"The Merger" was first broadcast on November 16, 2006 in the United States on the National Broadcasting Company (NBC). As a special promotion, the network broadcast "super-sized", forty-minute episodes of The Office, 30 Rock, and My Name is Earl. According to Nielsen Media Research, an estimated 8.63 million viewers watched the episode. Among adults aged 18 to 49, it earned 4.2/10 ratings share, meaning that it was seen by 4.2 percent of all 18- to 49-year-olds, and 10 percent of all 18- to 49-year-olds watching television at the time of broadcast. The episode reached second place for the night in that demographic, and twenty-fourth for the week among all the major networks.
IGN's Brian Zoromski rated "The Merger" 9 out of 10, an indication of an "amazing" episode. He called the opening sequence "arguably the funniest" scene, and believed "Andy's proven to be an even better source of hilarity than he ever was in the Stamford office." Zoromski was unhappy however with the "outright product placement " with Staples, writing that "the show's quality felt a little compromised. It's one thing to see blatant product placement in a reality show like Survivor or American Idol but when it invades a great scripted comedy… well, it kinda drags the show down to the reality level." Doug Elfman of the Chicago Sun-Times thought the episode was "funnier than it's been in a while," praising Kelly but criticizing the "fat-guy joke." Elfman cited Michael and Andy's new relationship as a positive element. Television Without Pity graded the episode with an A+.
Entertainment Weekly columnist Abby West praised Fischer's "masterful" performance, writing that it "really is nice to see Pam coming into her own... And I love that she didn't inhibit herself when Jim walked in — she just ran right up and hugged him." West also highlighted Carell and Helms, explaining that with the former, "Michael is never completely loathsome — because Steve Carell imbues him with such vulnerability." AOL TV writer Michael Sciannamea also enjoyed Helms' performance, believing that "the competiton [sic] between Andy and Dwight will surely make for some classic moments." Sciannamea concluded his review, "What makes this show so great is that the supporting players have a chance to shine at the right moments. I thought Stanley's reactions to the whole situation were hysterical, and Creed is just great. He deserves some more airtime."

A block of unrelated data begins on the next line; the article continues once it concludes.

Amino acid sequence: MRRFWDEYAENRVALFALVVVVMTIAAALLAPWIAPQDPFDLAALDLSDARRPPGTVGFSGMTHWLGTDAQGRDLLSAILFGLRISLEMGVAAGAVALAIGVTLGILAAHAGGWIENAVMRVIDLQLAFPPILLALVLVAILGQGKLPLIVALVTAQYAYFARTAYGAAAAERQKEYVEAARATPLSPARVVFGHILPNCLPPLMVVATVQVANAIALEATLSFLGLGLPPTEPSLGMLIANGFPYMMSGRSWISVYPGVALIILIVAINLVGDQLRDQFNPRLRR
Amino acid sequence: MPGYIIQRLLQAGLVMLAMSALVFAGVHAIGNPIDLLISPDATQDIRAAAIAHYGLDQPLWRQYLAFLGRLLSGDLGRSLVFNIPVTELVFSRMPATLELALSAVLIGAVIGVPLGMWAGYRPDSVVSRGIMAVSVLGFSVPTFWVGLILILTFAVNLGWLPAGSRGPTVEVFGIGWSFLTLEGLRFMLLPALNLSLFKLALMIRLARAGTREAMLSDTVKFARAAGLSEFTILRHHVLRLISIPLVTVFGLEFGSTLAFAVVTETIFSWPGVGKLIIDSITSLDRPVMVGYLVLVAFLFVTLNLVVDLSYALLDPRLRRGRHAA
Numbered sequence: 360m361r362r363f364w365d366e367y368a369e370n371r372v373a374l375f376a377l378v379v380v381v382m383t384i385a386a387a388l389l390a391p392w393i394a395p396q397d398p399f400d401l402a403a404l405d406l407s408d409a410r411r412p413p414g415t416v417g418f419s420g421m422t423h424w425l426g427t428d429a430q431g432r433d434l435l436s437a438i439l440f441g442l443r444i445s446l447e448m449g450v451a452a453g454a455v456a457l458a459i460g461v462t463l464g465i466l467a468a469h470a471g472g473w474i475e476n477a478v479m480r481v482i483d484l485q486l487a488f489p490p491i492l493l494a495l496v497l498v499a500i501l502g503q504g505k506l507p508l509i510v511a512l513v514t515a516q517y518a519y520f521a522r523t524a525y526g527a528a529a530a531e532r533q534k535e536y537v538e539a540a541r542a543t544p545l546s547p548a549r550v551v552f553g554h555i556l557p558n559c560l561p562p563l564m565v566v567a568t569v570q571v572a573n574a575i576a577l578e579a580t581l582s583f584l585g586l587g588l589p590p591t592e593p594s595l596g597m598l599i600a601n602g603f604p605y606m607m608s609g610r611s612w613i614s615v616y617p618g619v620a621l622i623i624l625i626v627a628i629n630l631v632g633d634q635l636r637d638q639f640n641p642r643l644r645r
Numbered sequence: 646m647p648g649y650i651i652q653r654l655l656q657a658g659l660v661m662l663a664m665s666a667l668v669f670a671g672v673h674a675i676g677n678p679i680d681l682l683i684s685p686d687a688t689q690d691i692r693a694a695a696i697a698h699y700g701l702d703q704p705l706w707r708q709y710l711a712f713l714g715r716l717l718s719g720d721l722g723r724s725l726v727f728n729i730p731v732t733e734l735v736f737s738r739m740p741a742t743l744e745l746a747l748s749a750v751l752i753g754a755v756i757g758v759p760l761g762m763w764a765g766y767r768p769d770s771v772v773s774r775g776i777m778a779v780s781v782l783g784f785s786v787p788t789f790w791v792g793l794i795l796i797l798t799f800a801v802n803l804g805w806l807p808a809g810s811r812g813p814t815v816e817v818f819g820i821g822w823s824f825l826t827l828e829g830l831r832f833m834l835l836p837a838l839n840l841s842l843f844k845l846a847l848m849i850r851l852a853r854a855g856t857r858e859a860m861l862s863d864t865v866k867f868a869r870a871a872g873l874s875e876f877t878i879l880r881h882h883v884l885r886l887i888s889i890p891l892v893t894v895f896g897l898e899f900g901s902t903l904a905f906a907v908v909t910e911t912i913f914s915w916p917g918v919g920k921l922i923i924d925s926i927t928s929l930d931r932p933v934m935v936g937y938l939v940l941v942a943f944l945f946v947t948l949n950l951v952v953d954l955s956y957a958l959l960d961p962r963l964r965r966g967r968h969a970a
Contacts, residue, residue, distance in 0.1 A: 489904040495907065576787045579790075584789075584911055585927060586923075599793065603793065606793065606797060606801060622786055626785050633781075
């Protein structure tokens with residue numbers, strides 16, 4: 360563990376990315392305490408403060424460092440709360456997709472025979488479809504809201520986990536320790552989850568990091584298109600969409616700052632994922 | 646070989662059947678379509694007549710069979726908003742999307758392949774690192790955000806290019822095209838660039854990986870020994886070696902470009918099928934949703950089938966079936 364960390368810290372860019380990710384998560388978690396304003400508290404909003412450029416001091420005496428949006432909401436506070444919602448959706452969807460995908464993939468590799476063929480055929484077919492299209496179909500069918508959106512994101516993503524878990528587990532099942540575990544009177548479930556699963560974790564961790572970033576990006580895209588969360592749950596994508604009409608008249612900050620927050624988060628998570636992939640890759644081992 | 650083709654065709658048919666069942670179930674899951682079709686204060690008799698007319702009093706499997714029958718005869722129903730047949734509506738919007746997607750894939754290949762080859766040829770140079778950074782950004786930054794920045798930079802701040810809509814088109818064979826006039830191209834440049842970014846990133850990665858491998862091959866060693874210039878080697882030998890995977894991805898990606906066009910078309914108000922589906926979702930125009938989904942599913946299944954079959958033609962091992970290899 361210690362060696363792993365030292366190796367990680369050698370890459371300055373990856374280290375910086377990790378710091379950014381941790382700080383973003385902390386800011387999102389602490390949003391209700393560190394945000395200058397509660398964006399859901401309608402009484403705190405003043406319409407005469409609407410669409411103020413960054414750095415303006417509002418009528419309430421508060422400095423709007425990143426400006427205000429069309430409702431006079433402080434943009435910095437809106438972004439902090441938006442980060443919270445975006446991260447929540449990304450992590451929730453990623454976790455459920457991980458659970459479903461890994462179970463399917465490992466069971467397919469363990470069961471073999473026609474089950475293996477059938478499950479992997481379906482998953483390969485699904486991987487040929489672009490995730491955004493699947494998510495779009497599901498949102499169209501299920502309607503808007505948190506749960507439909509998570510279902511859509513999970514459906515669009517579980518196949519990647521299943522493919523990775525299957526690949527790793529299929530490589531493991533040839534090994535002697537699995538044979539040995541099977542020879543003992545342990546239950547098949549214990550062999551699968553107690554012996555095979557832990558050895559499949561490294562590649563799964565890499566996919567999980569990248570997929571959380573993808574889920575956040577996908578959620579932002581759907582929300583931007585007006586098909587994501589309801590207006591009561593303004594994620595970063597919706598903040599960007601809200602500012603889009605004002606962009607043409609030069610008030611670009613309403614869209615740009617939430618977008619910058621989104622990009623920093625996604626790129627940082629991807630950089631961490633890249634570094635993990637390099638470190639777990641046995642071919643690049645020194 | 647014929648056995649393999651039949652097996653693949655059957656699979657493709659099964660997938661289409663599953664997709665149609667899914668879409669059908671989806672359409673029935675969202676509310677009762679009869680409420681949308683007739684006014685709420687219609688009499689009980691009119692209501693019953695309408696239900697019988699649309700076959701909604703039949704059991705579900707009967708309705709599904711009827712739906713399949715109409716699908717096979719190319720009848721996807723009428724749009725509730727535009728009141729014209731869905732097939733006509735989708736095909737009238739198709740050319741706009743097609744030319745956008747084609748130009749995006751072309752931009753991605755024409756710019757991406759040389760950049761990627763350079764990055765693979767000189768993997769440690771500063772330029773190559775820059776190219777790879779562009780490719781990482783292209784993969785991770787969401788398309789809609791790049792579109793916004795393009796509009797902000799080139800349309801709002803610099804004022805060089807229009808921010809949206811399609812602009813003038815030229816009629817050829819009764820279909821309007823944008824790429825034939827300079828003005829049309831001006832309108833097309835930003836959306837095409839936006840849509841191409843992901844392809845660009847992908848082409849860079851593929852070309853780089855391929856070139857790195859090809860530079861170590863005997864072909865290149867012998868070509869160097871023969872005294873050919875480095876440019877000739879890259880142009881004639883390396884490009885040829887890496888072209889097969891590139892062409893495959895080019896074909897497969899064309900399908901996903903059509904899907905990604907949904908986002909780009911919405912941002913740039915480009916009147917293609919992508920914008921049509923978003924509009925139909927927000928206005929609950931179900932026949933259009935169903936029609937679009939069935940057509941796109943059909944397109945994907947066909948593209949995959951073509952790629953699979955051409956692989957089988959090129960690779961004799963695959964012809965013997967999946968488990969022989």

- Ken Whittingham (director), Brent Forrester (writer) (November 16, 2006). "The Merger". The Office. Season 3. Episode 8. NBC.
- "Integration Celebration: The Branches Merge on The Office". Film.com. November 17, 2006. Retrieved July 24, 2012.
- Flannery, Kate (November 15, 2006). "Episode 8: The Merger". TV Guide. Retrieved July 24, 2012.
- Deleted scenes of "The Merger" (DVD). The Office: Season Three Disc 2: Universal Studios Home Entertainment. 2007.
- Prestipino, Peter A.; Ted Murphy (April 7, 2009). "Getting Into Website Sponsorships". Website Magazine. Retrieved August 14, 2012.
- Zoromski, Brian (November 17, 2006). "The Office: "The Merger" Review". IGN. Retrieved July 24, 2012.
- Giant, M. "The Merger". Television Without Pity. Retrieved July 24, 2012.
- Torrance, Kelly Jane; Christian Toto (November 16, 2006). "'Rock' rolls on". The Washington Times. Retrieved August 3, 2012. (subscription required)
- "Nielsen primetime ratings report. (Market share report) (Statistical table)". Daily Variety. November 22, 2006. Retrieved July 24, 2012. (subscription required)
- Kissell, Rick (November 20, 2006). "Crime on the scene: 'CSI' closes in on 'Grey's'. (market share of television programs)". Daily Variety. Retrieved July 24, 2012. (subscription required)
- Elfman, Doug (November 16, 2006). "NBC supersizes the laughs: Best of network's comedies cut 'must- see' shows down to size". Chicago Sun-Times. Retrieved July 24, 2012. (subscription required)
- West, Abby (November 17, 2006). "Paper Tigers". Entertainment Weekly. Retrieved July 24, 2012.
- Sciannamea, Michael (November 17, 2006). "The Office: The Merger". AOL TV. Retrieved July 24, 2012.